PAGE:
Gen. George S. Patton was “probably the best student in military history that the United States Army has ever produced,” biographer Michael Keane tells Newsmax TV in an exclusive interview.
“He read every treatise on warfare ever written. He would take copious notes on 4-by-6 index cards for every book that he ever read. It was that immense knowledge of history that he had that he could bring to battle. So he could almost anticipate what the enemy was going to do next.”
Watch the exclusive interview here.
Keane, the fellow of National Security Affairs at the Pacific Council on International Policy, is the author of the book, “Patton: Blood, Guts, and Prayer.” A graduate of the University of Southern California, Keane holds advanced degrees from the University of Chicago and the University of Texas School of Law.
He accompanied Vietnamese troops into Cambodia as they fought the Khmer Rouge and has been embedded with U.S. forces in both Iraq and Afghanistan.
An only child, Patton (1885-1945) was greatly influenced by his father, a California lawyer and businessman who “really infused all of his unfulfilled military ambition into his son,” Keane said.
“His father got him into West Point. His father told him all of these romanticized stories about warfare and history – and the son absorbed it all like a sponge and really wound up kind of fulfilling all of his father’s ambitions as well.”
During World War II, Nazi generals feared Patton the most, Keane said.
“He was probably the most aggressive and combative general we had in World War II. He also had this amazing – what we call kind of ‘a fingertip feel’ in the military – for the battle situation and how it would develop and what would happen next. He could almost anticipate what the Nazi enemy was going to do on the battlefield.”
Keane’s book also discusses the role of faith in Patton’s life.
Despite earning the nickname “Old Blood and Guts” – even being widely remembered for slapping two privates – Patton was a great man of faith.
“Faith affected everything in Patton’s entire life. Even as a young boy, he was groomed by his father to believe he had this destiny – and that destiny was really kind of a divine destiny that God had planned this path for him that he would one day fight in the greatest war ever fought. And that’s exactly what wound up happening.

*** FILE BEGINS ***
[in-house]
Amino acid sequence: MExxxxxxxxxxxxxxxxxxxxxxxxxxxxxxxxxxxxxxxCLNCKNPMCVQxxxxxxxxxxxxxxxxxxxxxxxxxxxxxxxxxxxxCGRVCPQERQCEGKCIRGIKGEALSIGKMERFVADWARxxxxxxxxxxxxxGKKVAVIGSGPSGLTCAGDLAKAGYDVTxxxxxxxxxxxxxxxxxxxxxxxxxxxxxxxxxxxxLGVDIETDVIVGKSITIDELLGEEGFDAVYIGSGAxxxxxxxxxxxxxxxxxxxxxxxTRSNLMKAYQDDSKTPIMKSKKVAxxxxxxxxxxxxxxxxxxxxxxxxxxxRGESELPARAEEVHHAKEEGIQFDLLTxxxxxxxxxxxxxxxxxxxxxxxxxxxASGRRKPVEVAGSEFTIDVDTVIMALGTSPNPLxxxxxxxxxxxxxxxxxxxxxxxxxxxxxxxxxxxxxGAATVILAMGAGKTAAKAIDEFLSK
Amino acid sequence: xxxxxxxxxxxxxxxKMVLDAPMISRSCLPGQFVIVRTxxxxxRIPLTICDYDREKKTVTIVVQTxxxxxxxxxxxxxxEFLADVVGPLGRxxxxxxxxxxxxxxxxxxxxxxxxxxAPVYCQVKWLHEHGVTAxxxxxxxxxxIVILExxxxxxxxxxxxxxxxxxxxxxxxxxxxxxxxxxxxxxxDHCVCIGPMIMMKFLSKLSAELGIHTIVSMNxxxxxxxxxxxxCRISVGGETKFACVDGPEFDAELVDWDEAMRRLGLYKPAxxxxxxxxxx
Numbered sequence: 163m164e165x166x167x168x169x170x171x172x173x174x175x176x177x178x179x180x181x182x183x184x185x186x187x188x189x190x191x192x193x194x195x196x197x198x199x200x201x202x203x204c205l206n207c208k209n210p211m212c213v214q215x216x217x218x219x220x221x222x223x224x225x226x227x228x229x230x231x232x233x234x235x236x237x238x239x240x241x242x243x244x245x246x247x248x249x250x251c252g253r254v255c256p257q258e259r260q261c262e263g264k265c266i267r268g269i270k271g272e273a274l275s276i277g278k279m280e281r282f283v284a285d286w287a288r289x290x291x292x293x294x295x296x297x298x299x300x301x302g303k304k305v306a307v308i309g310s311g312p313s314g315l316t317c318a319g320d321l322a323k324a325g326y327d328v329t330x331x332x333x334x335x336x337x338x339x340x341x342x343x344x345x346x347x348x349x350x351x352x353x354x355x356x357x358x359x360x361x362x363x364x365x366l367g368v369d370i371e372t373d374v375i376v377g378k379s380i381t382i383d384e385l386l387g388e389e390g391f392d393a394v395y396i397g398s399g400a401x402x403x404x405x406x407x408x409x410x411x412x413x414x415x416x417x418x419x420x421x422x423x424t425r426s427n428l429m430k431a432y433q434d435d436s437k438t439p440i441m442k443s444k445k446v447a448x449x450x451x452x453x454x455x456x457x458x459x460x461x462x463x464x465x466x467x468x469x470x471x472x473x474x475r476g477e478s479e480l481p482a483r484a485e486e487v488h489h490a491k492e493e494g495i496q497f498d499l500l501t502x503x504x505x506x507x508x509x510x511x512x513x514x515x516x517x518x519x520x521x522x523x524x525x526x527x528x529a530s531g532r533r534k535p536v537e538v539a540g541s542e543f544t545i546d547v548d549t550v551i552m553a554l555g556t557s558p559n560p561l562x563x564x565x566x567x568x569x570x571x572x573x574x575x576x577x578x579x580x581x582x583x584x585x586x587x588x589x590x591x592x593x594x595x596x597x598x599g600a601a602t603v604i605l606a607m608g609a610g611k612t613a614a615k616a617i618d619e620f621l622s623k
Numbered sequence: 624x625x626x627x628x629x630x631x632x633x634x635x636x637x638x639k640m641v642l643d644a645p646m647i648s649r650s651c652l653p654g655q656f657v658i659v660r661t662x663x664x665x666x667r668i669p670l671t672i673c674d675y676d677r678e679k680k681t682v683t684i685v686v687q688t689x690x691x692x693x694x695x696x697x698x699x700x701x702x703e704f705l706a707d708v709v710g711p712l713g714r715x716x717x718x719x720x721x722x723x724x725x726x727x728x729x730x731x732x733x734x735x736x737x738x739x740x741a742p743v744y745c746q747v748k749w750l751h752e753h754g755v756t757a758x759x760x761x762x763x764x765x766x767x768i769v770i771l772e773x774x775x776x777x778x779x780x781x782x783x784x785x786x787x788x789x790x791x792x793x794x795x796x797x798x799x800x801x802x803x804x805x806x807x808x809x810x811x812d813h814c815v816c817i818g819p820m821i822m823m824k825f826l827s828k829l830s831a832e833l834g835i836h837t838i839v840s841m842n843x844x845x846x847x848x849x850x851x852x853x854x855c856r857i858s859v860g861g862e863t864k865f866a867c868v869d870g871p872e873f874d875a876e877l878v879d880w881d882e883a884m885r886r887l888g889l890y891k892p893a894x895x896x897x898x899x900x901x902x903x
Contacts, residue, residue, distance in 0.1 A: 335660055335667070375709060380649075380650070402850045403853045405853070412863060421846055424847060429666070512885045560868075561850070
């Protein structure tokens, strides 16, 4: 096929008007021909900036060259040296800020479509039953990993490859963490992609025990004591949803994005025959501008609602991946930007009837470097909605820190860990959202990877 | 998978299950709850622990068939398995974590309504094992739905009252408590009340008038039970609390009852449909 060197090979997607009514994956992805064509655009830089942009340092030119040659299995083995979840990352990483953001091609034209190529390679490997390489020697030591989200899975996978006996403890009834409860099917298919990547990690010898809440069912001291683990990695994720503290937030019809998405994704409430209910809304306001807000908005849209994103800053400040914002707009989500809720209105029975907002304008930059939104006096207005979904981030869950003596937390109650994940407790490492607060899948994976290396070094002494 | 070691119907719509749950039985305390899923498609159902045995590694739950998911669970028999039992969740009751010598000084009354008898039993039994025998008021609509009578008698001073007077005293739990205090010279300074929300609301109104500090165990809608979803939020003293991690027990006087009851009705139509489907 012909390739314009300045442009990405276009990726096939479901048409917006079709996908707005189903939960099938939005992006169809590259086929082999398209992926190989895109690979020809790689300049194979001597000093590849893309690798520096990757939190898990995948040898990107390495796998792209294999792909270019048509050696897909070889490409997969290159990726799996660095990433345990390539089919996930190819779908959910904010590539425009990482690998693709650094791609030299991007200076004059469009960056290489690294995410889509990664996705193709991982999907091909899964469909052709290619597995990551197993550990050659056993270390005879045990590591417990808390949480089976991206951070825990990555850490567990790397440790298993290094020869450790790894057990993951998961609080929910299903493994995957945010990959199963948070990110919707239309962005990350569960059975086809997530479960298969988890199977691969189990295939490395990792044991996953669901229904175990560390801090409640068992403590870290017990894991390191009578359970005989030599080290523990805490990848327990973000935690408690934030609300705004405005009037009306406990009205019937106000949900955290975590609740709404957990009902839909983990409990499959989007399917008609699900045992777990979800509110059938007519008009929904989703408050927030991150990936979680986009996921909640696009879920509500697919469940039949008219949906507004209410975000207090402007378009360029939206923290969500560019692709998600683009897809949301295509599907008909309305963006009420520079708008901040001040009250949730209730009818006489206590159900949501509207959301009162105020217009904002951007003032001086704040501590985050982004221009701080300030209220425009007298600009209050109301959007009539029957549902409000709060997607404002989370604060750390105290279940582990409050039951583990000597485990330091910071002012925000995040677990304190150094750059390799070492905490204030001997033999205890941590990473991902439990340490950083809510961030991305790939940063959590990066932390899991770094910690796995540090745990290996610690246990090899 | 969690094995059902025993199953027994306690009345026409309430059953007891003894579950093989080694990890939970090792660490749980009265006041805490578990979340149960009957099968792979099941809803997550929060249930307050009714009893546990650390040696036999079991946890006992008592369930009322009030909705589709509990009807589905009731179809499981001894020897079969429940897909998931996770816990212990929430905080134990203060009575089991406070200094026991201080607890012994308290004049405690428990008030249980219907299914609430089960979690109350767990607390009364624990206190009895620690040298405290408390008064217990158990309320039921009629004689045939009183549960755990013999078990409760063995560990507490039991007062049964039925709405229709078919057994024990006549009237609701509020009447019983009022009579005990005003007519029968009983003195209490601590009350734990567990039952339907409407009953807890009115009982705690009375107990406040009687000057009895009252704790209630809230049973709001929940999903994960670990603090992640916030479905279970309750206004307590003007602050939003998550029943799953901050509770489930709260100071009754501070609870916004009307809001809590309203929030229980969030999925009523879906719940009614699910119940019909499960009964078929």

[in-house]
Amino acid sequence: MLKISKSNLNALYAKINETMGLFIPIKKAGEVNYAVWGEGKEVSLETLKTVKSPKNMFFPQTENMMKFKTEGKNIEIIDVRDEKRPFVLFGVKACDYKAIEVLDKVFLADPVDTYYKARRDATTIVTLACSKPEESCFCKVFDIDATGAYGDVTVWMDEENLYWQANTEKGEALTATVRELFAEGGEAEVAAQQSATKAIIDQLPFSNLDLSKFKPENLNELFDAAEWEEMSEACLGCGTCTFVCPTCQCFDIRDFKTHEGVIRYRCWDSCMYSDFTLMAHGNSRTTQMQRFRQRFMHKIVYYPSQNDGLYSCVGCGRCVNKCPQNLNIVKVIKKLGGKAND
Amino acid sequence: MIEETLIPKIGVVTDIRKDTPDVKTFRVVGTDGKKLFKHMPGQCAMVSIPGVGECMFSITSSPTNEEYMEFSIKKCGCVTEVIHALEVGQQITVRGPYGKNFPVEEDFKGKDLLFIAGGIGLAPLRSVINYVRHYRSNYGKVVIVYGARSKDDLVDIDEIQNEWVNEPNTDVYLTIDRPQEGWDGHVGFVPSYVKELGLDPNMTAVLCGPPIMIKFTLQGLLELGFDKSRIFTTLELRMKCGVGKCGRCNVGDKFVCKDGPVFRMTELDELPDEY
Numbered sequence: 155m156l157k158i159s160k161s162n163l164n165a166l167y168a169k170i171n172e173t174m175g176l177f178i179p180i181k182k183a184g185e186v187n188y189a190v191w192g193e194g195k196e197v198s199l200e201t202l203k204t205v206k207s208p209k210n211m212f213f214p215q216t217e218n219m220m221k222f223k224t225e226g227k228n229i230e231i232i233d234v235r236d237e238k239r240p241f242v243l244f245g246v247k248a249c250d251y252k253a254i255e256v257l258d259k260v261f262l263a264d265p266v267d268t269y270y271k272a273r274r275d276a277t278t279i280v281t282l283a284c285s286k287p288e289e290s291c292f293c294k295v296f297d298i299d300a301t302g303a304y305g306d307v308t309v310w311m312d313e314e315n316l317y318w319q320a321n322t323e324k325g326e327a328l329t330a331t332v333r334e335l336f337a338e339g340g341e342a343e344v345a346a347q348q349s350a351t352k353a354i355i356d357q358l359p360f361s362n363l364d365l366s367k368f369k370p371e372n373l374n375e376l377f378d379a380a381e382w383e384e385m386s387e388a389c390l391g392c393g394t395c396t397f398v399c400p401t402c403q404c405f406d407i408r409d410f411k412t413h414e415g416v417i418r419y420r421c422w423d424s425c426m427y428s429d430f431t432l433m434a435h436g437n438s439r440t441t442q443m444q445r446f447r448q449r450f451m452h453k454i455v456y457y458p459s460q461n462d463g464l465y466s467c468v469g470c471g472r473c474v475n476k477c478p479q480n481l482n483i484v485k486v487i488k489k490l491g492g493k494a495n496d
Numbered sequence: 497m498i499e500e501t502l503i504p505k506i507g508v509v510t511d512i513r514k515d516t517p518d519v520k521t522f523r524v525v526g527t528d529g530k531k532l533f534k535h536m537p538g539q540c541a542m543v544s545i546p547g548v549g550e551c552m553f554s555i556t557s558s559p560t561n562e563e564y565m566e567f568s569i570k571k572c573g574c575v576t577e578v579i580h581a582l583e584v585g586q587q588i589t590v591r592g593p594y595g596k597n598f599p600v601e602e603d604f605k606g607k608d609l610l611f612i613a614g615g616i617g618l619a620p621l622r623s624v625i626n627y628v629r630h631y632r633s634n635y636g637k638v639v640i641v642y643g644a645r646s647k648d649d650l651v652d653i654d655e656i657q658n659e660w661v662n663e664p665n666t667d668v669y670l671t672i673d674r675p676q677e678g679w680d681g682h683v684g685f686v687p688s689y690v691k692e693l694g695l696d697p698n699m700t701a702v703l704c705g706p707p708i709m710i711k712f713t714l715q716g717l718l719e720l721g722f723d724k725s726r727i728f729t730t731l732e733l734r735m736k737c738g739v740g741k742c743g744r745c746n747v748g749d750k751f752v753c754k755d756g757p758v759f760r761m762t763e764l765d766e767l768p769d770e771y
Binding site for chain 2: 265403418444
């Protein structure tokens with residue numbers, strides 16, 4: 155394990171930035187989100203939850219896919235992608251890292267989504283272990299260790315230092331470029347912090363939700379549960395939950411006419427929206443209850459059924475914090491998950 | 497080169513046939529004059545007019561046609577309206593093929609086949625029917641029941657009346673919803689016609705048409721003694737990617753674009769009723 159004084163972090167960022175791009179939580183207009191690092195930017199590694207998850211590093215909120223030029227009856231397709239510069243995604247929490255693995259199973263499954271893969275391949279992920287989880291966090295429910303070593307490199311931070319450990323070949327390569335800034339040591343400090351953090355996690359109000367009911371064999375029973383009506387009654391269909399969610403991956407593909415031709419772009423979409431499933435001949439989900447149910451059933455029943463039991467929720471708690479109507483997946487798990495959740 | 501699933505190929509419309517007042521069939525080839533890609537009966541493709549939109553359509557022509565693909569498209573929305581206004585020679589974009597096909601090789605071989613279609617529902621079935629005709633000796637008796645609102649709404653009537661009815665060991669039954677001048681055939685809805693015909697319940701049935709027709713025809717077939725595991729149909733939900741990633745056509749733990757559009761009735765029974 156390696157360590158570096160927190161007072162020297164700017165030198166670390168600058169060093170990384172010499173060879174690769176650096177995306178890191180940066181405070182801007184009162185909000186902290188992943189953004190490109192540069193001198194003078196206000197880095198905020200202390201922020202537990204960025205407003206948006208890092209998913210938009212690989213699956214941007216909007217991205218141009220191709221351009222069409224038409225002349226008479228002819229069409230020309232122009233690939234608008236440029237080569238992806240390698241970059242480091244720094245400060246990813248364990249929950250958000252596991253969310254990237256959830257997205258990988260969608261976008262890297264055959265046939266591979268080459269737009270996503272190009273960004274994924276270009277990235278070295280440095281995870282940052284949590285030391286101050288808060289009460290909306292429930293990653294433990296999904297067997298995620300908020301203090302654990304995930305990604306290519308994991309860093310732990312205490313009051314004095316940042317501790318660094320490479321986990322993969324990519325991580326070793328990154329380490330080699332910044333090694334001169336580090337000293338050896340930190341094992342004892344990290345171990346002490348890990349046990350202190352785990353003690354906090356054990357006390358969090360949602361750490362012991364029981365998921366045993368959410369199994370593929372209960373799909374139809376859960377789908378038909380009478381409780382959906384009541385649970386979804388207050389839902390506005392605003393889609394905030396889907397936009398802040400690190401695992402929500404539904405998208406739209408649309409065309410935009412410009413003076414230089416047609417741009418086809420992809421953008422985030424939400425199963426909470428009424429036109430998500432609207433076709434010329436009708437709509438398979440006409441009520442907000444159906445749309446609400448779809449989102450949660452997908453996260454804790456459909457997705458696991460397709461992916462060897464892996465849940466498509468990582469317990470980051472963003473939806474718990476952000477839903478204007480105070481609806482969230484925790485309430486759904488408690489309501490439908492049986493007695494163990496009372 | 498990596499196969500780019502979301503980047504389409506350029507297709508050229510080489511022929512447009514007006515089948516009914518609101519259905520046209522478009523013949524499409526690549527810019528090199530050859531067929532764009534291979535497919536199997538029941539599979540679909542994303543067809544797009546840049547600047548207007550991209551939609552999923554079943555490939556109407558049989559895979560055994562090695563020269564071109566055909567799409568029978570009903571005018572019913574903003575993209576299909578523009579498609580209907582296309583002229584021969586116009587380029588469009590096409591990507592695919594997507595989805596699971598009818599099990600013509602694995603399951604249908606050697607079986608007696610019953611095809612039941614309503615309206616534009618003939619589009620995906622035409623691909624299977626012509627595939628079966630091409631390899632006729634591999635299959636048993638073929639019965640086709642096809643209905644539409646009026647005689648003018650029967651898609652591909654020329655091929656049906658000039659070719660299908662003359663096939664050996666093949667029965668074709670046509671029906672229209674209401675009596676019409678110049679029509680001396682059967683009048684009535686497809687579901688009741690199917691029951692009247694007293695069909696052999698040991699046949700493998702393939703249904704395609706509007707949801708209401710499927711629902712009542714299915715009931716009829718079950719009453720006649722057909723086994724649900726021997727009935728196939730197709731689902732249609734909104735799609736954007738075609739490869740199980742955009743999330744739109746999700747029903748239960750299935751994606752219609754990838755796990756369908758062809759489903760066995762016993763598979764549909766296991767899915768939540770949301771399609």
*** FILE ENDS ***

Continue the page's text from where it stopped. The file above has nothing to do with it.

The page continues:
“But one thing that struck me as I went through Patton’s personal papers and his diary and his journal, you can’t help but be struck by how often there are references to God, to faith, to prayer,” Keane added. “Anytime Patton had a challenge, he turned to God for assistance. Any time he had a victory, he thanked God for his victories.
“And, of course, there’s the famous example of the prayer for fair weather that he had his chaplain actually write just before the Battle of the Bulge to ask God for good weather for battle.”
For that offensive – in December 1944 across Belgium, Luxembourg and northeastern France – Patton asked Col. James O'Neill to write the prayer. He also ordered 250,000 prayer cards distributed to every soldier in his Third Army and 3,200 training letters to officers and chaplains to “urge, instruct, and indoctrinate every fighting man to pray as well as to fight,” Patton said.
He won and, with clearing weather, Patton awarded O’Neill the Bronze Star on the spot on the battlefield.
“So that gives you a sense of how important faith and prayer was to Gen. Patton,” Keane said.
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